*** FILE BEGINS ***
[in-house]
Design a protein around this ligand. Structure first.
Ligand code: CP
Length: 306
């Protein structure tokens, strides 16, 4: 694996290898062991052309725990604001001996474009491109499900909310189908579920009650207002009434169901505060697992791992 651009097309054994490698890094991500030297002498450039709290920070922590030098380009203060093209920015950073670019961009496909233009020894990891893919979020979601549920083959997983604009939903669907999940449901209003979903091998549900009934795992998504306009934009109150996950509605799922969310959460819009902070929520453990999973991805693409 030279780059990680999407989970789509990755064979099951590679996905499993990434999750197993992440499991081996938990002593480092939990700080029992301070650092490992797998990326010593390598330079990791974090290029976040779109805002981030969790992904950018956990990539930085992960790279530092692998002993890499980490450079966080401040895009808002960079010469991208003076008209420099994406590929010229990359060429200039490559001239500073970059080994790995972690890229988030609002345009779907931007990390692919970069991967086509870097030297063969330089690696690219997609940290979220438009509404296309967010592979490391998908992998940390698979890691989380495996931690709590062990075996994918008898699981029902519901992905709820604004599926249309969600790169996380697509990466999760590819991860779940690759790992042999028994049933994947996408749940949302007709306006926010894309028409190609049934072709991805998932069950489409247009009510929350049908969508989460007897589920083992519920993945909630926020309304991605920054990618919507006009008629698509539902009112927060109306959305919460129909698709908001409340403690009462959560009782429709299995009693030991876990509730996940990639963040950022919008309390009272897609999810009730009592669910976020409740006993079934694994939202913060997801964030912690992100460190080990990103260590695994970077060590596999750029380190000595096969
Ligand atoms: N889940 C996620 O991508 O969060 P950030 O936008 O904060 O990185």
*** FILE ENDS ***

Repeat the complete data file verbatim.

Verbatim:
[in-house]
Design a protein around this ligand. Structure first.
Ligand code: CP
Length: 306
């Protein structure tokens, strides 16, 4: 694996290898062991052309725990604001001996474009491109499900909310189908579920009650207002009434169901505060697992791992 651009097309054994490698890094991500030297002498450039709290920070922590030098380009203060093209920015950073670019961009496909233009020894990891893919979020979601549920083959997983604009939903669907999940449901209003979903091998549900009934795992998504306009934009109150996950509605799922969310959460819009902070929520453990999973991805693409 030279780059990680999407989970789509990755064979099951590679996905499993990434999750197993992440499991081996938990002593480092939990700080029992301070650092490992797998990326010593390598330079990791974090290029976040779109805002981030969790992904950018956990990539930085992960790279530092692998002993890499980490450079966080401040895009808002960079010469991208003076008209420099994406590929010229990359060429200039490559001239500073970059080994790995972690890229988030609002345009779907931007990390692919970069991967086509870097030297063969330089690696690219997609940290979220438009509404296309967010592979490391998908992998940390698979890691989380495996931690709590062990075996994918008898699981029902519901992905709820604004599926249309969600790169996380697509990466999760590819991860779940690759790992042999028994049933994947996408749940949302007709306006926010894309028409190609049934072709991805998932069950489409247009009510929350049908969508989460007897589920083992519920993945909630926020309304991605920054990618919507006009008629698509539902009112927060109306959305919460129909698709908001409340403690009462959560009782429709299995009693030991876990509730996940990639963040950022919008309390009272897609999810009730009592669910976020409740006993079934694994939202913060997801964030912690992100460190080990990103260590695994970077060590596999750029380190000595096969
Ligand atoms: N889940 C996620 O991508 O969060 P950030 O936008 O904060 O990185």